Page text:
# Turbulent and laminar conditions in one case

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 November 22, 2018, 07:49 Turbulent and laminar conditions in one case #1 New Member   David Join Date: Oct 2018 Posts: 27 Rep Power: 2 Hi together, I've just started to learn about CFD simulations, especially with OpenFOAM and I asked myself what happens if I use a turbulence module like simpleFOAM for a geometry where the flow isn't turbulent at every time. I'll probably get shitty results but how do I avoid it? The case is that I have to simulate the distribution of water in a retention filter basin. The water comes to the filter basin by a special building where turbulent conditions exists but as soon as the water leaves this building and flows into the basin the conditions get laminar because of the larger area in that basin. Has anyone an idea how to handle situations like this? Thanks David

November 23, 2018, 03:54
#2
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Robert
Join Date: May 2015
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The turbulence model and your solver, simpleFoam, are two different things. Using a certain solver, says nothing about whether you simulate turbulence or not, and more about if you are able to resolve the spacial and temporal scales of your flow.
simpleFoam is a steady-state solver, which is perfectly fine for flows which do not change over time, e.g. a laminar one, or large vortexes that achieve a steady motion. If you want to resolve the turbulences of your flow dependent on time, you might want to use a transient solver like pisoFoam or pimpleFoam. Solvers are chosen in the system/fvSchemes dictionary.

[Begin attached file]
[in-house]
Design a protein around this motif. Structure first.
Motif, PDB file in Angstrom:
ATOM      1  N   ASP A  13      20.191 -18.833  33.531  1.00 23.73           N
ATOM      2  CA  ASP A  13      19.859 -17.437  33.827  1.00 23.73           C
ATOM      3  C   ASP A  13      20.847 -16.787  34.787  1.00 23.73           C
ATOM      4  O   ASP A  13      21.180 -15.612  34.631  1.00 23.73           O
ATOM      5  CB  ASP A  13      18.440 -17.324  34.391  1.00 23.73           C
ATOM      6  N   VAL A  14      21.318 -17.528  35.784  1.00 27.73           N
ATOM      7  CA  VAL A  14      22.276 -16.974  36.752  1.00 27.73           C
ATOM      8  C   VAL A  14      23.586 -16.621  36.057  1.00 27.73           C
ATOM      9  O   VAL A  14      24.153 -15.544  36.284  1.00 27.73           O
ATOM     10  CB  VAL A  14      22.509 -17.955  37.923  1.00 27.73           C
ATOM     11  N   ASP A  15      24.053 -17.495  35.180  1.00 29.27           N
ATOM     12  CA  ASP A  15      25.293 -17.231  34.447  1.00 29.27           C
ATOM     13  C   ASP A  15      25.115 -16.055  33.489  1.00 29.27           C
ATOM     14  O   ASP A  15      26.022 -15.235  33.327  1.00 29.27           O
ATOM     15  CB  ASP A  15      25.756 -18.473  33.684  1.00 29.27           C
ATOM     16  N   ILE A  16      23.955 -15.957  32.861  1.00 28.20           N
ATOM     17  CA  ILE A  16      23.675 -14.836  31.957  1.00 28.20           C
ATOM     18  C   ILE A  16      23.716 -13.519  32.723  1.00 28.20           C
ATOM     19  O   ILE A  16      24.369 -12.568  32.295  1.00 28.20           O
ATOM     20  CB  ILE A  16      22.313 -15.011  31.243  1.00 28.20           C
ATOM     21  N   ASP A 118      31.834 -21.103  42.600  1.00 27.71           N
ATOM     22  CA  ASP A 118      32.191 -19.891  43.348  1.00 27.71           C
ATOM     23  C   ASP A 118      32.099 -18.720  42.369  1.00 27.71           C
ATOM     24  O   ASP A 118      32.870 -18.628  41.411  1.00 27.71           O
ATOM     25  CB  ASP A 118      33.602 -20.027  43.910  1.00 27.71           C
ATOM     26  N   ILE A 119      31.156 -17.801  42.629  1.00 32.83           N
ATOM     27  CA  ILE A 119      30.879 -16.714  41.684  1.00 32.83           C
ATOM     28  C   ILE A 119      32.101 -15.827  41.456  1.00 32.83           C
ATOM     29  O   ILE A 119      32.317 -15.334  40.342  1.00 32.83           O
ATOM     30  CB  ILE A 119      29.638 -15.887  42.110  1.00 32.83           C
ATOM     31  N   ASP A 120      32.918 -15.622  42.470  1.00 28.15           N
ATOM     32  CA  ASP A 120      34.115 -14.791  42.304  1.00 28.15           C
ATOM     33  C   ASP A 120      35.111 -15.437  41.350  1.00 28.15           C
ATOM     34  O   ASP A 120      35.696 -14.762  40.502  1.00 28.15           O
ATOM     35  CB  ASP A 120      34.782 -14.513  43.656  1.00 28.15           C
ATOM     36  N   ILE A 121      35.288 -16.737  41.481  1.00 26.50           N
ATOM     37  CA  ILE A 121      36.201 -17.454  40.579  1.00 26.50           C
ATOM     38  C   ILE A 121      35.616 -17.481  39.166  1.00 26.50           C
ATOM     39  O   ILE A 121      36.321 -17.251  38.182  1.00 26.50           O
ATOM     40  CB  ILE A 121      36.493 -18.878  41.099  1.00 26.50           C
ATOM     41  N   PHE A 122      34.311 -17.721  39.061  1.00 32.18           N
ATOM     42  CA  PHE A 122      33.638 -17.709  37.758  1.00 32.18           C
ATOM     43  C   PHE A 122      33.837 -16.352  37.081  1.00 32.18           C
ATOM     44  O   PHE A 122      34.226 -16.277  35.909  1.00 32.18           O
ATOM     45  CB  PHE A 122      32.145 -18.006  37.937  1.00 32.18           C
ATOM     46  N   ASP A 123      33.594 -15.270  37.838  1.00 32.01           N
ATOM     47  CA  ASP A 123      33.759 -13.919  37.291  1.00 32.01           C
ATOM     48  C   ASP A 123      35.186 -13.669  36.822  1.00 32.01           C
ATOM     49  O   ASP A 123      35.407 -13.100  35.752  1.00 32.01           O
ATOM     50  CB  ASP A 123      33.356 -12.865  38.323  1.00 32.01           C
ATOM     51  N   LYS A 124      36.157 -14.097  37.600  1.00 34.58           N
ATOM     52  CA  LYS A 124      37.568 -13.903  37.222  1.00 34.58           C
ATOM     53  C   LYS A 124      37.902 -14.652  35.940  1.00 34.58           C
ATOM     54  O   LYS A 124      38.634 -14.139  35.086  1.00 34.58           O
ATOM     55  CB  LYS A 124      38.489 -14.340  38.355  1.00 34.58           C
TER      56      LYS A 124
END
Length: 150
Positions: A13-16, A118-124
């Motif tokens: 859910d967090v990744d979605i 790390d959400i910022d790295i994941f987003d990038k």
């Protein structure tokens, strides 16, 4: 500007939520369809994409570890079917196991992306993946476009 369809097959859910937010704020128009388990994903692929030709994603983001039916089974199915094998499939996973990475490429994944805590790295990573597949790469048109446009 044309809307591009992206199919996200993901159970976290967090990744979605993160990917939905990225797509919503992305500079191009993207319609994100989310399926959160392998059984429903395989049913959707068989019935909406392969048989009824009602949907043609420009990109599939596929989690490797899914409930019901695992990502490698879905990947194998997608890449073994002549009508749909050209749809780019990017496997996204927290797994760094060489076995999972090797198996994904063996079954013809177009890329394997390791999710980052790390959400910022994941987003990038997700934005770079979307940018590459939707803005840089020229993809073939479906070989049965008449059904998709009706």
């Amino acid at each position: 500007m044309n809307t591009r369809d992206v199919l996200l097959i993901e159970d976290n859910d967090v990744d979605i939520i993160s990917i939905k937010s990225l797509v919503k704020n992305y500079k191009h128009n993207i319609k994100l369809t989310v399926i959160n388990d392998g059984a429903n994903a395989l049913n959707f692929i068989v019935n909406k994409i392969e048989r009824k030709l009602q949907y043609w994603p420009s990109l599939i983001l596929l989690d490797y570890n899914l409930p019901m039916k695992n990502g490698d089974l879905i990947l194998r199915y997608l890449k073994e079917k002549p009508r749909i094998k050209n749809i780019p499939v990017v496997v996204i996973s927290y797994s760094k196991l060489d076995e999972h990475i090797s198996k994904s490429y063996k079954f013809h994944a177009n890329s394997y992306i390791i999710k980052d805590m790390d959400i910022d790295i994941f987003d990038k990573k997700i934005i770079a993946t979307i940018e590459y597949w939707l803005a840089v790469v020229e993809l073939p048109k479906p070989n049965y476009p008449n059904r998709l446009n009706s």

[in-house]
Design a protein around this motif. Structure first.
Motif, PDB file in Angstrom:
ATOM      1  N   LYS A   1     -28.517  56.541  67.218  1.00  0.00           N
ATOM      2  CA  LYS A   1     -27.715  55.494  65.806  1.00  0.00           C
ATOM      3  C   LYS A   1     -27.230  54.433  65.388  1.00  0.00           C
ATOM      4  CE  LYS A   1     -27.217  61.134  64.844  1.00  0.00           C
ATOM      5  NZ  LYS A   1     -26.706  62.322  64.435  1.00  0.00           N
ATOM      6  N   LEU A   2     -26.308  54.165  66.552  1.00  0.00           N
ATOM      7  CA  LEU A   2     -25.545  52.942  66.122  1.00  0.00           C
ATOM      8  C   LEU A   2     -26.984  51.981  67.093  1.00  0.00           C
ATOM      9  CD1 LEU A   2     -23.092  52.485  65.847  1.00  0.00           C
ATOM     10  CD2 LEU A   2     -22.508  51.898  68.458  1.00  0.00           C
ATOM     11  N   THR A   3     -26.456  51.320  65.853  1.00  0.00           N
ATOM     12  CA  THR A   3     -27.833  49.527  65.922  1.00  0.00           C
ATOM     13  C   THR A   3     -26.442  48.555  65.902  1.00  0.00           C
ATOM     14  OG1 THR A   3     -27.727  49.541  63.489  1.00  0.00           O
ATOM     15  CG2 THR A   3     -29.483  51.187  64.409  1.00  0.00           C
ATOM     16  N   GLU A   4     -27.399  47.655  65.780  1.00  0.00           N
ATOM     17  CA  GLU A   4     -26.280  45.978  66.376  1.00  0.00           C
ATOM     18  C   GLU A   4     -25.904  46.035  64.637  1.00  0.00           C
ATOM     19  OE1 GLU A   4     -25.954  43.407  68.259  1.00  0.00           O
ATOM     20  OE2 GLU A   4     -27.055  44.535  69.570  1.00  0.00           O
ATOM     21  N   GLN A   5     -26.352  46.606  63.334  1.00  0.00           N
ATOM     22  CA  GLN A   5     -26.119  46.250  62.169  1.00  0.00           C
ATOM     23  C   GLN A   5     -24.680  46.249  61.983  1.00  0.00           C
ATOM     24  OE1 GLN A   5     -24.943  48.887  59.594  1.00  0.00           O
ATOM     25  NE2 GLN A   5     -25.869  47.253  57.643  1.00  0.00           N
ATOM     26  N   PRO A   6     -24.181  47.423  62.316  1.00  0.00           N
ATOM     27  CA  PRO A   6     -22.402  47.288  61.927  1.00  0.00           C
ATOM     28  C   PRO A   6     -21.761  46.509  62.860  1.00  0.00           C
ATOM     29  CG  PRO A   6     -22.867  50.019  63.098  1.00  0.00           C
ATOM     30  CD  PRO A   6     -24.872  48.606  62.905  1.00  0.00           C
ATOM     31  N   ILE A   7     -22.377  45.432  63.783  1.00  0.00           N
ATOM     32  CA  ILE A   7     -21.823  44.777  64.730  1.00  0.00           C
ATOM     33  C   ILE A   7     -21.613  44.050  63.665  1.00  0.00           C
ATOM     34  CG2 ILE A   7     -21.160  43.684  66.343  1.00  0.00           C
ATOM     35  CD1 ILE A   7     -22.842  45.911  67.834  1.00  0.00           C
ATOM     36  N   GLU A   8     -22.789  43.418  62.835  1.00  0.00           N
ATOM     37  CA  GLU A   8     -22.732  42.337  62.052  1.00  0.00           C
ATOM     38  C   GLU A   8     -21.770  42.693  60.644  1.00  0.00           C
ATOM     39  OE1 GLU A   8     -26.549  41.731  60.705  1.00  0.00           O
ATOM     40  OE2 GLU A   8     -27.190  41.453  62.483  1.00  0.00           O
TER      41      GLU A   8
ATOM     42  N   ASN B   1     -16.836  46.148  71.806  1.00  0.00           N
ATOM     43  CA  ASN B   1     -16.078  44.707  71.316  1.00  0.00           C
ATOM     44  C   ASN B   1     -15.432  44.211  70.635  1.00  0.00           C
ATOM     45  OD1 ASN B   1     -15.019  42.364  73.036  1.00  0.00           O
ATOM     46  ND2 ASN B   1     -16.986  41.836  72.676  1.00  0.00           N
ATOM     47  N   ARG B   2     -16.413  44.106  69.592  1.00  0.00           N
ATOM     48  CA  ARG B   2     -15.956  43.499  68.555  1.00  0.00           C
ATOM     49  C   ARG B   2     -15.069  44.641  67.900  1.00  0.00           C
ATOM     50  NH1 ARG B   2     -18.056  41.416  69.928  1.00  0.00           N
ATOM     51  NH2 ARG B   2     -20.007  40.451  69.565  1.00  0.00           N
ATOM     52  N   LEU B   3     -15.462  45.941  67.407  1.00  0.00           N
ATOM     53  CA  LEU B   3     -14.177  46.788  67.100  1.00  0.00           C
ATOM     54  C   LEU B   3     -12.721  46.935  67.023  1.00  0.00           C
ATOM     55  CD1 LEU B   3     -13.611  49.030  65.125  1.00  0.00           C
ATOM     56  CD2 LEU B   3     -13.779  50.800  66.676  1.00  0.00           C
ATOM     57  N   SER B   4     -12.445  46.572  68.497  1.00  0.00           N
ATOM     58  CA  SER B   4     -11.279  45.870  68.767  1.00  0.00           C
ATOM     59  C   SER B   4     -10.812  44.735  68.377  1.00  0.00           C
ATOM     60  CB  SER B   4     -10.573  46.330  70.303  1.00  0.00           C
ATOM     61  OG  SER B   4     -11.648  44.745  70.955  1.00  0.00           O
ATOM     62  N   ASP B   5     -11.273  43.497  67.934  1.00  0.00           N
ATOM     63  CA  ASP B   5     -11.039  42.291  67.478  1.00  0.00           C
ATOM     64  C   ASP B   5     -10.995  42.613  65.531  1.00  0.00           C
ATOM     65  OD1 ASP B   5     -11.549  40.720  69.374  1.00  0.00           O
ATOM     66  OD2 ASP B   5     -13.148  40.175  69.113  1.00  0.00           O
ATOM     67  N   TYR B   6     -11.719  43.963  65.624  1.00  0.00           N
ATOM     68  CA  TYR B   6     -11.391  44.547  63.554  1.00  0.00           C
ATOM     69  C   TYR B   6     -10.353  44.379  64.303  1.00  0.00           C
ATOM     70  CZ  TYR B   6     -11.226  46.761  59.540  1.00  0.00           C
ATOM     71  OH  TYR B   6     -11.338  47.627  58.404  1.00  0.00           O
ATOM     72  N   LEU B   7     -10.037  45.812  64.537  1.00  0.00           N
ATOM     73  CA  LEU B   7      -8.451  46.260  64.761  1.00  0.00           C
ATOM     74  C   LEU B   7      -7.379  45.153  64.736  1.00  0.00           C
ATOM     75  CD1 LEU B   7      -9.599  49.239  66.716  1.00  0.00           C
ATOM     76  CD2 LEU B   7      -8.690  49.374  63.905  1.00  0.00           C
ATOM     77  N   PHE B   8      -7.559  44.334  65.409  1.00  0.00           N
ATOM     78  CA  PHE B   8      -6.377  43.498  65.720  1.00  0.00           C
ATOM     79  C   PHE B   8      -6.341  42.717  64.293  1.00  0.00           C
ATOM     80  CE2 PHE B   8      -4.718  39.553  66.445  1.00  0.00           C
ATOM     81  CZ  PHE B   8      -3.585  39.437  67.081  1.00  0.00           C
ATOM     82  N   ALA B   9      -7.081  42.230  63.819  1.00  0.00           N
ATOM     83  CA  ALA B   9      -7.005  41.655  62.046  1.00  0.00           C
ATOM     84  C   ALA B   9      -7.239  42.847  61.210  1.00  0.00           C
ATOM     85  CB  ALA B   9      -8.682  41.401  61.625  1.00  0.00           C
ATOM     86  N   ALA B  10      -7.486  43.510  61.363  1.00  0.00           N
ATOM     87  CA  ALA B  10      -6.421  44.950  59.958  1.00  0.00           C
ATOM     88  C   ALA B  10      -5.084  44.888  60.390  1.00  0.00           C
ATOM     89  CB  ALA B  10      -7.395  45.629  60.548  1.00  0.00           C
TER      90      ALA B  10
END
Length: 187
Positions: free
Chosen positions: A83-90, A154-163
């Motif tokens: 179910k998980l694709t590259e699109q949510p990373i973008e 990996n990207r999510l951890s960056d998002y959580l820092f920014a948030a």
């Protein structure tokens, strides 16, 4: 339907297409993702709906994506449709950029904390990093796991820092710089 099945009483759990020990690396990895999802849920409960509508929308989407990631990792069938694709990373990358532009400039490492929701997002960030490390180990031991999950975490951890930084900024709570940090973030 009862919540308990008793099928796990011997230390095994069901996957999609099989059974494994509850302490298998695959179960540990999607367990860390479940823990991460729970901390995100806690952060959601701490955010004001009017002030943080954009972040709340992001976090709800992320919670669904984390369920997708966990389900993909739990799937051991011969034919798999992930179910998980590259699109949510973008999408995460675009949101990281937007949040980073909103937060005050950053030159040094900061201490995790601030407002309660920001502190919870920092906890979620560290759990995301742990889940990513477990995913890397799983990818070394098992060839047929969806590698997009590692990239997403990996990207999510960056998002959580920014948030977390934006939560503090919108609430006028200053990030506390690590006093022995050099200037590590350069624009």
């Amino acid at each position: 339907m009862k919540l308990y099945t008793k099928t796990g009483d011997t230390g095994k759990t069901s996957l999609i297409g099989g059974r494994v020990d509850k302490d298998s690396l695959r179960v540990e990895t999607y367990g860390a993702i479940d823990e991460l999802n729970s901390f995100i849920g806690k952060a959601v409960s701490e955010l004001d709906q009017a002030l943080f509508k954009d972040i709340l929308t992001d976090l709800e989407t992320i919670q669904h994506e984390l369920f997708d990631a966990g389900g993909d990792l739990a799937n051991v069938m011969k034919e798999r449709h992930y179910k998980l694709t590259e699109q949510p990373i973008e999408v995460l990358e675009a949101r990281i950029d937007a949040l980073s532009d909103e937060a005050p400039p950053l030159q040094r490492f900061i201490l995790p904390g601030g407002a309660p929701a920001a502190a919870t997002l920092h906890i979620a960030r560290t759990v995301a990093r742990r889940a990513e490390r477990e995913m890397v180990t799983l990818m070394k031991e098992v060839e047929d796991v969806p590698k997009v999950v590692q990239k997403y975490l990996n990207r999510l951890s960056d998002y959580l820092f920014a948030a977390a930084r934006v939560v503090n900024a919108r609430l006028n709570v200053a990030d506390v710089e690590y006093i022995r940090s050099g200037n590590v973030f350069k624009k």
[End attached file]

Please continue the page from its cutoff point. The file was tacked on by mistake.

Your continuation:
Each of the three solvers can use a turbulence model to calculate key variables like the turbulent kinetic enery k or the turbulence dissipation epsilon. This is where turbulence models come into play. Turbulence models are chose in the constant/turbulenceProperties dictionary and they require you to solver for different variables dependent on the model used.
Quote:
 Originally Posted by Fool I asked myself what happens if I use a turbulence module like simpleFOAM for a geometry where the flow isn't turbulent at every time.
You can certainly run a simpleFoam simulation with a RANS turbulence model. No harm will come from solving a laminar flow with a turbulence model. But if you allready know that your flow will be laminar, why do so? You will solve for variables you don't need and will waste time doing so.

Quote:
 I'll probably get shitty results but how do I avoid it?
Not if your flow is laminar and you use a turbulence model. But if your flow is turbulent and you do not use a turbulence model you will loose important information of your flow and, most likely, not see any turbulence.

Quote:
 Has anyone an idea how to handle situations like this?
Transition of trubulent to laminar flow? The quickest solution: simpleFoam + RANS turbulence model. To get a first idea of your flow conditions, maybe its even enough to resolve some turbulence, but don't count on it.
Then use a pimpleFoam + RANS turbulence model. Map the velocity field, pressure and turbulence variables of your simpleFoam simulation to get a head start. Use an adjustable timestep to keep the maximum Courant number below 4.0. Give it alot of simulation runtime. Write timesteps regularily to check how and if your simulation changes from the simpleFoam solution.
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 November 23, 2018, 08:28 #3 New Member   David Join Date: Oct 2018 Posts: 27 Rep Power: 2 Thanks a lot!